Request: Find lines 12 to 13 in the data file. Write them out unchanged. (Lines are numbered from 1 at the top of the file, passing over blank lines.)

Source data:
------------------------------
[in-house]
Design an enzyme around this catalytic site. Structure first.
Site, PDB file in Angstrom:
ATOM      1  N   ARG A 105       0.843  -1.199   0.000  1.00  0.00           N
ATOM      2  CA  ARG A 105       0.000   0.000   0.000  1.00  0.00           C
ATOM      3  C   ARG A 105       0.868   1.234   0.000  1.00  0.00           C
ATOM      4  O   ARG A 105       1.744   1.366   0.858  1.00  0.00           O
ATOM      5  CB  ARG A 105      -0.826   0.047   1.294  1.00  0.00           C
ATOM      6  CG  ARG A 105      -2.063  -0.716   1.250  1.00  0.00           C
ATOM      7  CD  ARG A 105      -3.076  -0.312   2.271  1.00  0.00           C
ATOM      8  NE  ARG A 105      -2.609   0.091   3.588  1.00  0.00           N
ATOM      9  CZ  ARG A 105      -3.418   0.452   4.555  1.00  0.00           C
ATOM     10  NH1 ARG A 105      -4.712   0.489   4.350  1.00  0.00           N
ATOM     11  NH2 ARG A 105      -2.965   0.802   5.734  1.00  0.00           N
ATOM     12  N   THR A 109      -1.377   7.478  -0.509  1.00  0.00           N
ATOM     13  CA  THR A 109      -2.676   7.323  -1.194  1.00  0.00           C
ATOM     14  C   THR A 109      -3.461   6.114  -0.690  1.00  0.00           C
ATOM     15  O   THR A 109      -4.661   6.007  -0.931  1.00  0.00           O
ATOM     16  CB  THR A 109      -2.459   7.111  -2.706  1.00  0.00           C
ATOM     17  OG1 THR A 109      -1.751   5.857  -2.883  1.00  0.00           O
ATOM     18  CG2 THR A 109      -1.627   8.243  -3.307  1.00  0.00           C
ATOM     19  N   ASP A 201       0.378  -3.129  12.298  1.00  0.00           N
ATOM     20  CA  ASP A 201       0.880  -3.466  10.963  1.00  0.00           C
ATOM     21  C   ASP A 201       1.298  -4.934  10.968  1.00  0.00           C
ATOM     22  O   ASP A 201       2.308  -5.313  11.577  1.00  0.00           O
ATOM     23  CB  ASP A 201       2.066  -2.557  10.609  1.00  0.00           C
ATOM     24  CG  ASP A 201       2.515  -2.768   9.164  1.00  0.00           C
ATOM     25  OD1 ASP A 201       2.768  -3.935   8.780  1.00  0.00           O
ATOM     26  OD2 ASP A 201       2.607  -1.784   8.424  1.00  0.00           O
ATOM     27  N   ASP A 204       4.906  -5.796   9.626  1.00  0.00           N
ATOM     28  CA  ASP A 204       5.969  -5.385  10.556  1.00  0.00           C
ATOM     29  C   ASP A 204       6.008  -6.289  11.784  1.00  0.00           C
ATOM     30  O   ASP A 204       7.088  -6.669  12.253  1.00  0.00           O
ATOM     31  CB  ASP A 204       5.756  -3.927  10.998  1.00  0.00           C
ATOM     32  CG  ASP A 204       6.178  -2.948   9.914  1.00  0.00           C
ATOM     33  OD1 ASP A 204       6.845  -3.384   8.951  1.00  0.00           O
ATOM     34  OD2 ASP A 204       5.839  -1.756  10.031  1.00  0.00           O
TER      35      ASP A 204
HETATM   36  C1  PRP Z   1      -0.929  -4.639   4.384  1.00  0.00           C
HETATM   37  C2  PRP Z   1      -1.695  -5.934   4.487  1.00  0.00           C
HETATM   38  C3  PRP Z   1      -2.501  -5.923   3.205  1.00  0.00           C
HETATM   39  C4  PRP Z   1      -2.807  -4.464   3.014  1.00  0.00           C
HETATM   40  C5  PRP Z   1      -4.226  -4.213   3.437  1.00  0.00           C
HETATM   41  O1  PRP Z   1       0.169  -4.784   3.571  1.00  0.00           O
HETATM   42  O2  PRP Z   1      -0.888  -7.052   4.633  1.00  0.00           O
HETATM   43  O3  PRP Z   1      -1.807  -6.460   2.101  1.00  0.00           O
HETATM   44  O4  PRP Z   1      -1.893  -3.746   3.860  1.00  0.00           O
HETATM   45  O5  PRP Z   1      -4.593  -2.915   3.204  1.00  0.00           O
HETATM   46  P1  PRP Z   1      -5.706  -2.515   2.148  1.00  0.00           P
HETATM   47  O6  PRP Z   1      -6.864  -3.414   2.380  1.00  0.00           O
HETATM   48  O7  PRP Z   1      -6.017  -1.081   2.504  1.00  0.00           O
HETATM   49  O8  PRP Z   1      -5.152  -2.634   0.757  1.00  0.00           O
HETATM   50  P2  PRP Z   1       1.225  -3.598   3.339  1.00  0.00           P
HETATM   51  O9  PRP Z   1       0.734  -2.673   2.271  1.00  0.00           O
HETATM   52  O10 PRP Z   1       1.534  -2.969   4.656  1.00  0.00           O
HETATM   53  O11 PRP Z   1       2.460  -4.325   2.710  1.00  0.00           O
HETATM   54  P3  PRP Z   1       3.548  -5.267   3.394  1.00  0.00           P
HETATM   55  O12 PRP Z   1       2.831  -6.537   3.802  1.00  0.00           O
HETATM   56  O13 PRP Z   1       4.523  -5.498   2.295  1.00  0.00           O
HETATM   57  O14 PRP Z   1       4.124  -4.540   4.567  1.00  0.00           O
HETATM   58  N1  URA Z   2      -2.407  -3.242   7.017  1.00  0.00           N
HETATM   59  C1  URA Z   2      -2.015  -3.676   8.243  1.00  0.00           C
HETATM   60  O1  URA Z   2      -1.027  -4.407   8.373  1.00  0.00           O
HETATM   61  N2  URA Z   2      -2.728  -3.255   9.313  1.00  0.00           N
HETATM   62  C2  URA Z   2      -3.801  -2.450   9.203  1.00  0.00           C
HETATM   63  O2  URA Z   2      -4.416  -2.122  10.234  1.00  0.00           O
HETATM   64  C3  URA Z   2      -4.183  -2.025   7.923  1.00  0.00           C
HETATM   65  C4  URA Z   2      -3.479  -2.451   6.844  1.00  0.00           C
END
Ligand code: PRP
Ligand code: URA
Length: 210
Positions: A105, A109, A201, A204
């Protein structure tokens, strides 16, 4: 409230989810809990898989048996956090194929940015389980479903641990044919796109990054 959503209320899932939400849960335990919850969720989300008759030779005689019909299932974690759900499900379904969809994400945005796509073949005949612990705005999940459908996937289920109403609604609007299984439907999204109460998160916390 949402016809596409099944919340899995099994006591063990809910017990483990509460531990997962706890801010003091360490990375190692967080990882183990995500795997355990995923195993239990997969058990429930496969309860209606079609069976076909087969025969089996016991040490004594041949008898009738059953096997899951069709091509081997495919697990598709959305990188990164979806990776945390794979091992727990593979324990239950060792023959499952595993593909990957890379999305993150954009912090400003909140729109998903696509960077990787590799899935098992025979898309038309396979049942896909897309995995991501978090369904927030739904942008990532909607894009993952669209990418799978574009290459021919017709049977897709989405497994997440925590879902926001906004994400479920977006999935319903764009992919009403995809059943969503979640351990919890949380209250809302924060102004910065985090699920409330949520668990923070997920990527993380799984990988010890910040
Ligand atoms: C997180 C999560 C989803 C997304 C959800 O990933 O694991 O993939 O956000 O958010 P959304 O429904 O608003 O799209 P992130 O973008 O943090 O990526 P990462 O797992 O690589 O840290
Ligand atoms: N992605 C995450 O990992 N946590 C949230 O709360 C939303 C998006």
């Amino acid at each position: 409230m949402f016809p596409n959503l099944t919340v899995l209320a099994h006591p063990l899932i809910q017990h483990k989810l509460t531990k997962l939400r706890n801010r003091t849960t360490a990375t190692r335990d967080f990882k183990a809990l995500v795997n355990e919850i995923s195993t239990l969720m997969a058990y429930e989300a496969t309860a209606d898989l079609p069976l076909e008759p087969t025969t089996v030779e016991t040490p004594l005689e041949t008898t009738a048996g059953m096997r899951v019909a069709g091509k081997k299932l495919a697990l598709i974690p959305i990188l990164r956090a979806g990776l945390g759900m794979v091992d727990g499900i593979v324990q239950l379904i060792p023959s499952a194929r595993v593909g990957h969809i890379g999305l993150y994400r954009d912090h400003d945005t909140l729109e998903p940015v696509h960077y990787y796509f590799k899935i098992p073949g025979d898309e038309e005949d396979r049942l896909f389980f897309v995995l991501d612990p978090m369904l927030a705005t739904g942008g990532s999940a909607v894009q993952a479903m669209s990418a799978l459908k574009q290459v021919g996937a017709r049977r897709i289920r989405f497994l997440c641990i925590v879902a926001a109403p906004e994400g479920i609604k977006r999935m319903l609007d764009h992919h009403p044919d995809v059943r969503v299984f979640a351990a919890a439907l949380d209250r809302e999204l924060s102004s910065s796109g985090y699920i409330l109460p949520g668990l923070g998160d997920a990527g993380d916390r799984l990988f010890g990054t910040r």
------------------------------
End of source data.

ATOM      9  CZ  ARG A 105      -3.418   0.452   4.555  1.00  0.00           C
ATOM     10  NH1 ARG A 105      -4.712   0.489   4.350  1.00  0.00           N